“Help?” Kyle’s eyes burned from the sharp stench rising from the infant’s body, and he choked. “That child belongs in a hospital.”
“Hospital?” Leah shot him an incredulous glance. “How could his mamm be with him? She shouldn’t be jolting all that way to the hospital so close to delivery, and who’d care for the children?”
Kyle couldn’t believe his ears. “Children under age two are at the greatest risk—” He broke off when Dr. Hess jiggled his arm. Snapping his mouth shut, Kyle waited for the doctor to speak. This was still Dr. Hess’s case, after all. Just because he’d allowed Kyle to offer a diagnosis, it didn’t mean Kyle should take over.
“I’ll put the baby in the cradle.” Leah looked at the mother, who nodded.
Dr. Hess held out a hand to stop her, and Kyle released a pent-up sigh. The doctor would explain the need for hospitalization. Instead he gestured toward Kyle. “Before you go, Leah, I’d like you to meet my assistant. I’m hoping to convince him to take over my practice.”
Leah ducked her head and mumbled a brief greeting. She refused to meet his eyes, which might be just as well, because his face likely would reveal how upset he was about the home remedy. Pneumonia wasn’t something to fool around with, especially not in infants.
“Kyle, you’ll be working closely with Leah. She’s in training to be a midwife, and she makes many effective herbal remedies.”
Kyle managed to say, “Pleased to meet you,” but he wasn’t sure how true that was.
Dr. Hess might trust Leah’s homemade brews, but when Kyle graduated from medical school, he’d taken an oath promising his patients’ health would always be his foremost consideration. So how could he stand here and let her smear a stinky concoction on a baby’s chest when that child should be taken to the hospital?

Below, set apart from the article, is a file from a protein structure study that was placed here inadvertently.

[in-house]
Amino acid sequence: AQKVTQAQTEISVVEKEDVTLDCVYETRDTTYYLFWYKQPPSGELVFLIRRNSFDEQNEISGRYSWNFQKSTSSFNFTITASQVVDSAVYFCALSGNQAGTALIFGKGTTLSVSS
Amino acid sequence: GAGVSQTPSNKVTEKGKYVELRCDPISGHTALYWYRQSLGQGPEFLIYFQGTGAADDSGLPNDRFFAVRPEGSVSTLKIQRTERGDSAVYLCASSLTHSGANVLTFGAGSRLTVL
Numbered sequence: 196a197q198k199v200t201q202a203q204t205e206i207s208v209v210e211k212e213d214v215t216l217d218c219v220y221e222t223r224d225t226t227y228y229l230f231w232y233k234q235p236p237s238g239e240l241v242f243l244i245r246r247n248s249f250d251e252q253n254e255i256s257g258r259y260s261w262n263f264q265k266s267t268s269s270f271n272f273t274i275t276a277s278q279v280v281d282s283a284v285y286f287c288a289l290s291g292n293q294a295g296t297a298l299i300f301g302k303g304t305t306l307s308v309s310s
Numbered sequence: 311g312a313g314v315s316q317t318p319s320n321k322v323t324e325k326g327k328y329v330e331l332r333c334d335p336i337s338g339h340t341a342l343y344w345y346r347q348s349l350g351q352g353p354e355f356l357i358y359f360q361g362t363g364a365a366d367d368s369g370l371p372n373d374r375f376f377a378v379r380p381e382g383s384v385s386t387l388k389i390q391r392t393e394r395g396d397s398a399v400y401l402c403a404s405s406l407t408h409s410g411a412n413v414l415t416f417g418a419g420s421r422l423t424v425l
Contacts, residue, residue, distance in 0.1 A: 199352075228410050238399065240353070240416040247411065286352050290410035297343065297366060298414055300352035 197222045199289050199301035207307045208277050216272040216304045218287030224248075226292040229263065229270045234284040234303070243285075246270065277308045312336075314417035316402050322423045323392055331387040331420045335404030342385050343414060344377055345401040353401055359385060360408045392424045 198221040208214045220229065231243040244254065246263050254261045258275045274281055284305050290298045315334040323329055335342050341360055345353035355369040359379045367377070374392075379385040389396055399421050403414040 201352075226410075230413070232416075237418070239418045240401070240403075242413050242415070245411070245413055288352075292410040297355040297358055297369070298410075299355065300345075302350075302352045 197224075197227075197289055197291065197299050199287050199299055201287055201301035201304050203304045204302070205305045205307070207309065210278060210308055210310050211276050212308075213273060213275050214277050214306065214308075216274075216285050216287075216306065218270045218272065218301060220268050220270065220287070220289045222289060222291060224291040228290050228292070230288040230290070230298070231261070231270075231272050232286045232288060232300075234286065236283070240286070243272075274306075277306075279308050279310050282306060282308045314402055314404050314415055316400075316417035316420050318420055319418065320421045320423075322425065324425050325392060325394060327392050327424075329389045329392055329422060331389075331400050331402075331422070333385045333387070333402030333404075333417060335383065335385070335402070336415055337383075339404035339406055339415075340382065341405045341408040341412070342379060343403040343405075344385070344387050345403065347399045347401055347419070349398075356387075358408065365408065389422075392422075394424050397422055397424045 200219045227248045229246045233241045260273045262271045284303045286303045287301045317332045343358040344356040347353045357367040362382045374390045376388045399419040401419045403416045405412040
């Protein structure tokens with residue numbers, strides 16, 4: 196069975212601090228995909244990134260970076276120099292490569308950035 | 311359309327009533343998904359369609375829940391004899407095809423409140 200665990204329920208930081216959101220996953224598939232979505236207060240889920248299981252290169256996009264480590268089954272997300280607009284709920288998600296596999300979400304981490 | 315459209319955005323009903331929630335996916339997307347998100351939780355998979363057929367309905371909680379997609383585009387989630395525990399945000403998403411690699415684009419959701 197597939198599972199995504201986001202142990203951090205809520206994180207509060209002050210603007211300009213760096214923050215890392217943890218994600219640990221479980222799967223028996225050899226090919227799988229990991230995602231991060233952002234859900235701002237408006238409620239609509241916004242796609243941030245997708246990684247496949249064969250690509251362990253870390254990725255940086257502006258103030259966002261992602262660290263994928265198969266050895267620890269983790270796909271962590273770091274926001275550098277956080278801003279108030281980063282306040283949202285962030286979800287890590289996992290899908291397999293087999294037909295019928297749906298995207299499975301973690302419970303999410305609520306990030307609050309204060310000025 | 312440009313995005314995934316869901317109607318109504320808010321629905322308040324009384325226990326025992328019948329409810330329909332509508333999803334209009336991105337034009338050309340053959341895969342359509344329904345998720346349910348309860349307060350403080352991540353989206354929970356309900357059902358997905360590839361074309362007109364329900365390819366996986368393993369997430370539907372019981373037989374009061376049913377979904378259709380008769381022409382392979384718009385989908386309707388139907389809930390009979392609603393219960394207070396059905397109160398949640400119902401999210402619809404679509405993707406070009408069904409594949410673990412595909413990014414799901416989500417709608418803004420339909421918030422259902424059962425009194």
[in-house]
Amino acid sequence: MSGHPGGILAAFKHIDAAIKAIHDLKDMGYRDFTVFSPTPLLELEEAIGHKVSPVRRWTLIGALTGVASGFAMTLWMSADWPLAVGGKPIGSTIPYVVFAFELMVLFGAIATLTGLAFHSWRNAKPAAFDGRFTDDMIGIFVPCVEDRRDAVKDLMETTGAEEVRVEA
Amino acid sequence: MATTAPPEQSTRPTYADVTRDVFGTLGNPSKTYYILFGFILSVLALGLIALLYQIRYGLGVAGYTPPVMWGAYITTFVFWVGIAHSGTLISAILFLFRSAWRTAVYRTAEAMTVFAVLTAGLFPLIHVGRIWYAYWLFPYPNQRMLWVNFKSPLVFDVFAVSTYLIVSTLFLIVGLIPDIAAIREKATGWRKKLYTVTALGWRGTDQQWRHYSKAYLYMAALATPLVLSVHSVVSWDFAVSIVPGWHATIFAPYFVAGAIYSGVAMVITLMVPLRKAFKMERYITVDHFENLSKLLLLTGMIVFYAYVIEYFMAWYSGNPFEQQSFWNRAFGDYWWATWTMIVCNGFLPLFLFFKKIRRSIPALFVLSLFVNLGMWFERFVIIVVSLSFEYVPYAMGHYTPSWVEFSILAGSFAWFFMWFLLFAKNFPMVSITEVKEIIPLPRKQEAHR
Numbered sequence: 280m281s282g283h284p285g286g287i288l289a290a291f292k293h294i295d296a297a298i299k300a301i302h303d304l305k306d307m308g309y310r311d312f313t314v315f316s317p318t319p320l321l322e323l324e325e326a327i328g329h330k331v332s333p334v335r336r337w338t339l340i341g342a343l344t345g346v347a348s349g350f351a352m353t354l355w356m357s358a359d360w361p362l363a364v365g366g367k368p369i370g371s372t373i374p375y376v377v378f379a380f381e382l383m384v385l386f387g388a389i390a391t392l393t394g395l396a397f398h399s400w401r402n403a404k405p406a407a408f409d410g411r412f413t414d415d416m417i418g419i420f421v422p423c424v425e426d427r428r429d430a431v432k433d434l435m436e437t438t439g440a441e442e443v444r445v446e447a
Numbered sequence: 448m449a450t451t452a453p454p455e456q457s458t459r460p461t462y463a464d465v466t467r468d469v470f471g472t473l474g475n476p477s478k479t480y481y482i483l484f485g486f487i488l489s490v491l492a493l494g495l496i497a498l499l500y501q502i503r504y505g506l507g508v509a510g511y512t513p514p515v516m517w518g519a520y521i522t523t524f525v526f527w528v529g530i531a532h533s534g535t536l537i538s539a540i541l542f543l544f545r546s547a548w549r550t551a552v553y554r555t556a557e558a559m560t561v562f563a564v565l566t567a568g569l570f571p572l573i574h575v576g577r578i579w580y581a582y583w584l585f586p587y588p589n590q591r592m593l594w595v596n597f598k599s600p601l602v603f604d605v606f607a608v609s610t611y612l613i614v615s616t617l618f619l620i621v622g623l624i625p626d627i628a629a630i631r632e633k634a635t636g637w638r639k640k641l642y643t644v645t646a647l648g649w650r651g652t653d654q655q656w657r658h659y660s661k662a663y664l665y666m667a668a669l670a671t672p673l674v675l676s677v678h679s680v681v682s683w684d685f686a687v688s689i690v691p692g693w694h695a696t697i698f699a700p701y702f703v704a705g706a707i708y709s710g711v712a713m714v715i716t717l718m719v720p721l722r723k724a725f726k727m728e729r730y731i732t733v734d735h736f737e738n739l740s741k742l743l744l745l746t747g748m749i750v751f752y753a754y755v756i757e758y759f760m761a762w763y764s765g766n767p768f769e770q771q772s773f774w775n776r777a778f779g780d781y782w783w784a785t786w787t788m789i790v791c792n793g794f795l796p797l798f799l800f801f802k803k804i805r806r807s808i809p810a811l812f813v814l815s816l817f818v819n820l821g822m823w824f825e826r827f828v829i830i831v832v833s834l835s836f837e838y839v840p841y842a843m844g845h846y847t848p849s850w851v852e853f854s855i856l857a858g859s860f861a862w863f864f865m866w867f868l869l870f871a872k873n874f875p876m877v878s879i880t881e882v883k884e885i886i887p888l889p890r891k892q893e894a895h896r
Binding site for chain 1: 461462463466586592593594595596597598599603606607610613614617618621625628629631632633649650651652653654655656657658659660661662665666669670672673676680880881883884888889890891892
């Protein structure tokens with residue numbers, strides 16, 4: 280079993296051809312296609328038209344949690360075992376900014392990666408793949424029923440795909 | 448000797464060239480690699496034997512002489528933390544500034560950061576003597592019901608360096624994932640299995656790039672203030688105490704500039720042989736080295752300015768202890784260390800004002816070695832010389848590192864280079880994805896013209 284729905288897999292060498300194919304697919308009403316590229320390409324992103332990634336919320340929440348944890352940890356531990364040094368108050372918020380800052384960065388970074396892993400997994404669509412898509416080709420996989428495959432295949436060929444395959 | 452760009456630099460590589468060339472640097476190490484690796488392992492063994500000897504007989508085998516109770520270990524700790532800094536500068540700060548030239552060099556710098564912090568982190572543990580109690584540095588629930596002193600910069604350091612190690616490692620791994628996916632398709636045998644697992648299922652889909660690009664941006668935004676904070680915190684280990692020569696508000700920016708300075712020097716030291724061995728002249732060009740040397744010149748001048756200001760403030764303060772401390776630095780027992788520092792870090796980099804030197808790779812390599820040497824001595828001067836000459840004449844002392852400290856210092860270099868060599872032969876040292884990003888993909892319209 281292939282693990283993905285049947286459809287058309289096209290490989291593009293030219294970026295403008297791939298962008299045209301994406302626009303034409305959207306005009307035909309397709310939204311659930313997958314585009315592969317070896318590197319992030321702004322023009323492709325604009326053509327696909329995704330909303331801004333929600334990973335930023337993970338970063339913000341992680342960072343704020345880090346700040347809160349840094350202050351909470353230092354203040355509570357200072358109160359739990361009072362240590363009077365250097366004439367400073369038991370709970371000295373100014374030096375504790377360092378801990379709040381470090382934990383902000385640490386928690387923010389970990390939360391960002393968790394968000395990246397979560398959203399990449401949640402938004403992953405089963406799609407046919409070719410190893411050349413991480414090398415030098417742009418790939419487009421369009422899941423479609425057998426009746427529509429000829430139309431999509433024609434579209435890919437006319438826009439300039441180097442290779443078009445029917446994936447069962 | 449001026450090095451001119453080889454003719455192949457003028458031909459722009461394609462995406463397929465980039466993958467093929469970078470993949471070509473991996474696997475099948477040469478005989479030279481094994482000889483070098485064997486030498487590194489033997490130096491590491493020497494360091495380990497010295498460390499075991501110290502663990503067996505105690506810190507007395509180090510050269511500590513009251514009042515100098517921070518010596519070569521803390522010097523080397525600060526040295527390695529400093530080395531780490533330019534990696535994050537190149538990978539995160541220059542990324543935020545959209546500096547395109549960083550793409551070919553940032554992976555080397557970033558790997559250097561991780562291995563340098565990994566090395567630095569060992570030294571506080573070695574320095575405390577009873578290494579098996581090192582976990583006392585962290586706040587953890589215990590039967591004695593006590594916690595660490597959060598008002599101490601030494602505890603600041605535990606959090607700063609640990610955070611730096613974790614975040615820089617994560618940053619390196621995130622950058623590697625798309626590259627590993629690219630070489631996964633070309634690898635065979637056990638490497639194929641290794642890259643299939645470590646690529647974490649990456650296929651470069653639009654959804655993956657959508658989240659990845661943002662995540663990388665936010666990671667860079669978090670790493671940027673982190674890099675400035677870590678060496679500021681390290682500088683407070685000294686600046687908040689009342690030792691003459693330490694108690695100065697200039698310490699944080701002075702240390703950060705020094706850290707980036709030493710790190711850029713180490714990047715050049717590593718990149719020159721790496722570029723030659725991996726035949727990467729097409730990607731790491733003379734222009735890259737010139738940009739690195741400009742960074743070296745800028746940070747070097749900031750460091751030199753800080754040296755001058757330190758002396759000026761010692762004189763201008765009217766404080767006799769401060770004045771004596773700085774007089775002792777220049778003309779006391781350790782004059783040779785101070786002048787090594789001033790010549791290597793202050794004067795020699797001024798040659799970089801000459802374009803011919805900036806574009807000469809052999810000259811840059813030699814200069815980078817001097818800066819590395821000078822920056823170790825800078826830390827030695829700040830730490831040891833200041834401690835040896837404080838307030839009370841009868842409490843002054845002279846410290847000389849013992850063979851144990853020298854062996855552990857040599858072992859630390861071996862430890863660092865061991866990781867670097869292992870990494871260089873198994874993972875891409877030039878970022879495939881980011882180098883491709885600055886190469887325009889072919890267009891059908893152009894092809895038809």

He could never allow anyone to harm a baby. Never.
More About the Author
Inspirational author Rachel J. Good writes life-changing, heart-tugging stories of faith, hope, and forgiveness. The author of several Amish romance series, she grew up near Lancaster County, Pennsylvania, the setting for her novels. Striving to be as authentic as possible, she spends time with her Amish friends, doing chores on their farm and attending family events.
Rachel’s Amish series include Sisters & Friends (Charisma House & Harlequin), Love & Promises (Hachette/Grand Central), Hearts of Amish Country (Annie’s Book Club), and the forthcoming Surprised by Love and Unexpected Amish Blessings (Kensington). She also has several anthologies in print as well as the Amish Quilts Coloring Book. To learn more about Rachel, visit her website and sign up for her newsletter.
Connect with Rachel and her books
Amazon Author Page: https://www.amazon.com/Rachel-J-Good/e/B019DWF4FG
Newsletter sign-up: http://bit.ly/1qwci4Q
Author Rachel J. Good is offering for every reader, an e-copy of Gift from Above. Here’s a link to get a copy: https://bit.ly/2zmV40u